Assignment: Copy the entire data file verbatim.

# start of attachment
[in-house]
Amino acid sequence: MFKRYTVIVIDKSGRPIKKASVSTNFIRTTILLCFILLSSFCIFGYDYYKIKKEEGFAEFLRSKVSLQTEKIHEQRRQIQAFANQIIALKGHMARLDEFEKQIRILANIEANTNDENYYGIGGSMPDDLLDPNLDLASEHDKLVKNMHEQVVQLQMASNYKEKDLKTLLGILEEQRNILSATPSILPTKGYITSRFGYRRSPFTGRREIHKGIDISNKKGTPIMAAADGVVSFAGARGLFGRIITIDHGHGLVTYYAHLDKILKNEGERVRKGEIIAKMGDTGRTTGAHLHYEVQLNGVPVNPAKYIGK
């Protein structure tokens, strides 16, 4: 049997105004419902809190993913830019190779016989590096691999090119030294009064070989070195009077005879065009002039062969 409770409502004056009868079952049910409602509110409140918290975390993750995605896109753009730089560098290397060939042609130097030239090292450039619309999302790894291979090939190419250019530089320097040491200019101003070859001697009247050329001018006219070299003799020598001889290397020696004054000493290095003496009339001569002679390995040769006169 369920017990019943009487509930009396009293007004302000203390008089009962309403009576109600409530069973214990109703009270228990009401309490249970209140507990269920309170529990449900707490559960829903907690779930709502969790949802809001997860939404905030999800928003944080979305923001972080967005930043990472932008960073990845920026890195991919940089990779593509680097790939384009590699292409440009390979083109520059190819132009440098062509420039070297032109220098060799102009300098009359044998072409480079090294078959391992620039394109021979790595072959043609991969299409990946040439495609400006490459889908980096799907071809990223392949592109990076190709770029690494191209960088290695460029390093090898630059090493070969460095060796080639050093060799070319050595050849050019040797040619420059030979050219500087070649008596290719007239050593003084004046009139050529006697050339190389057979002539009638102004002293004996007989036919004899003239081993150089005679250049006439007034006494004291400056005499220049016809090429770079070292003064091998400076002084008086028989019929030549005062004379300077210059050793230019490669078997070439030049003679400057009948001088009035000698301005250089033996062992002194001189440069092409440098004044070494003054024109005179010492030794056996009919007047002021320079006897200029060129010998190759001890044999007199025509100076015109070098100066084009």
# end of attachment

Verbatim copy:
[in-house]
Amino acid sequence: MFKRYTVIVIDKSGRPIKKASVSTNFIRTTILLCFILLSSFCIFGYDYYKIKKEEGFAEFLRSKVSLQTEKIHEQRRQIQAFANQIIALKGHMARLDEFEKQIRILANIEANTNDENYYGIGGSMPDDLLDPNLDLASEHDKLVKNMHEQVVQLQMASNYKEKDLKTLLGILEEQRNILSATPSILPTKGYITSRFGYRRSPFTGRREIHKGIDISNKKGTPIMAAADGVVSFAGARGLFGRIITIDHGHGLVTYYAHLDKILKNEGERVRKGEIIAKMGDTGRTTGAHLHYEVQLNGVPVNPAKYIGK
């Protein structure tokens, strides 16, 4: 049997105004419902809190993913830019190779016989590096691999090119030294009064070989070195009077005879065009002039062969 409770409502004056009868079952049910409602509110409140918290975390993750995605896109753009730089560098290397060939042609130097030239090292450039619309999302790894291979090939190419250019530089320097040491200019101003070859001697009247050329001018006219070299003799020598001889290397020696004054000493290095003496009339001569002679390995040769006169 369920017990019943009487509930009396009293007004302000203390008089009962309403009576109600409530069973214990109703009270228990009401309490249970209140507990269920309170529990449900707490559960829903907690779930709502969790949802809001997860939404905030999800928003944080979305923001972080967005930043990472932008960073990845920026890195991919940089990779593509680097790939384009590699292409440009390979083109520059190819132009440098062509420039070297032109220098060799102009300098009359044998072409480079090294078959391992620039394109021979790595072959043609991969299409990946040439495609400006490459889908980096799907071809990223392949592109990076190709770029690494191209960088290695460029390093090898630059090493070969460095060796080639050093060799070319050595050849050019040797040619420059030979050219500087070649008596290719007239050593003084004046009139050529006697050339190389057979002539009638102004002293004996007989036919004899003239081993150089005679250049006439007034006494004291400056005499220049016809090429770079070292003064091998400076002084008086028989019929030549005062004379300077210059050793230019490669078997070439030049003679400057009948001088009035000698301005250089033996062992002194001189440069092409440098004044070494003054024109005179010492030794056996009919007047002021320079006897200029060129010998190759001890044999007199025509100076015109070098100066084009």